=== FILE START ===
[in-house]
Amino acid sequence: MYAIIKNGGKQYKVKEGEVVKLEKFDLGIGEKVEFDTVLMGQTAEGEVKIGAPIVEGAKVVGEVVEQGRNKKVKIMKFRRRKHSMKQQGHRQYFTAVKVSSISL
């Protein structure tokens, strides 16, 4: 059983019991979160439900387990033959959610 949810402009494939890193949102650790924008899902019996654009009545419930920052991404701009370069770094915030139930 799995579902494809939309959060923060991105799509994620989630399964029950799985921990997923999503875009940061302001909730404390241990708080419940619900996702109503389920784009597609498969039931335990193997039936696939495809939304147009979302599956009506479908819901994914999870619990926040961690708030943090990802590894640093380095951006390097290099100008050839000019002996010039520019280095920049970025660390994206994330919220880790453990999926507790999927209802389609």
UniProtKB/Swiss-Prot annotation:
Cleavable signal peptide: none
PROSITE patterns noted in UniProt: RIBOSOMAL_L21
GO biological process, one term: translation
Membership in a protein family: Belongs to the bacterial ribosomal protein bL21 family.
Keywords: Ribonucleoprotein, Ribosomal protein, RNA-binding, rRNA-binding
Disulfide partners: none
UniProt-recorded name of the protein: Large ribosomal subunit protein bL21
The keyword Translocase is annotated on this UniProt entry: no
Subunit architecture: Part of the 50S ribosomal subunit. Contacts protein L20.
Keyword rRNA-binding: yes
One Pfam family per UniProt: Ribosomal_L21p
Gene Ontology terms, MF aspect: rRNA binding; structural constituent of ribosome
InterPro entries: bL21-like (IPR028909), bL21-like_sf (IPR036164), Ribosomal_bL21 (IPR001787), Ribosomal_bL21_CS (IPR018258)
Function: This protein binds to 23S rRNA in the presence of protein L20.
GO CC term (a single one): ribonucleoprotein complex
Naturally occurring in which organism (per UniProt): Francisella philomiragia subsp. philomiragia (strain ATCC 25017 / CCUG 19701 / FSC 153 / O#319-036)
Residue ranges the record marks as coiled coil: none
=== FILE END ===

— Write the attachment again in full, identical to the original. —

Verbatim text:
[in-house]
Amino acid sequence: MYAIIKNGGKQYKVKEGEVVKLEKFDLGIGEKVEFDTVLMGQTAEGEVKIGAPIVEGAKVVGEVVEQGRNKKVKIMKFRRRKHSMKQQGHRQYFTAVKVSSISL
């Protein structure tokens, strides 16, 4: 059983019991979160439900387990033959959610 949810402009494939890193949102650790924008899902019996654009009545419930920052991404701009370069770094915030139930 799995579902494809939309959060923060991105799509994620989630399964029950799985921990997923999503875009940061302001909730404390241990708080419940619900996702109503389920784009597609498969039931335990193997039936696939495809939304147009979302599956009506479908819901994914999870619990926040961690708030943090990802590894640093380095951006390097290099100008050839000019002996010039520019280095920049970025660390994206994330919220880790453990999926507790999927209802389609």
UniProtKB/Swiss-Prot annotation:
Cleavable signal peptide: none
PROSITE patterns noted in UniProt: RIBOSOMAL_L21
GO biological process, one term: translation
Membership in a protein family: Belongs to the bacterial ribosomal protein bL21 family.
Keywords: Ribonucleoprotein, Ribosomal protein, RNA-binding, rRNA-binding
Disulfide partners: none
UniProt-recorded name of the protein: Large ribosomal subunit protein bL21
The keyword Translocase is annotated on this UniProt entry: no
Subunit architecture: Part of the 50S ribosomal subunit. Contacts protein L20.
Keyword rRNA-binding: yes
One Pfam family per UniProt: Ribosomal_L21p
Gene Ontology terms, MF aspect: rRNA binding; structural constituent of ribosome
InterPro entries: bL21-like (IPR028909), bL21-like_sf (IPR036164), Ribosomal_bL21 (IPR001787), Ribosomal_bL21_CS (IPR018258)
Function: This protein binds to 23S rRNA in the presence of protein L20.
GO CC term (a single one): ribonucleoprotein complex
Naturally occurring in which organism (per UniProt): Francisella philomiragia subsp. philomiragia (strain ATCC 25017 / CCUG 19701 / FSC 153 / O#319-036)
Residue ranges the record marks as coiled coil: none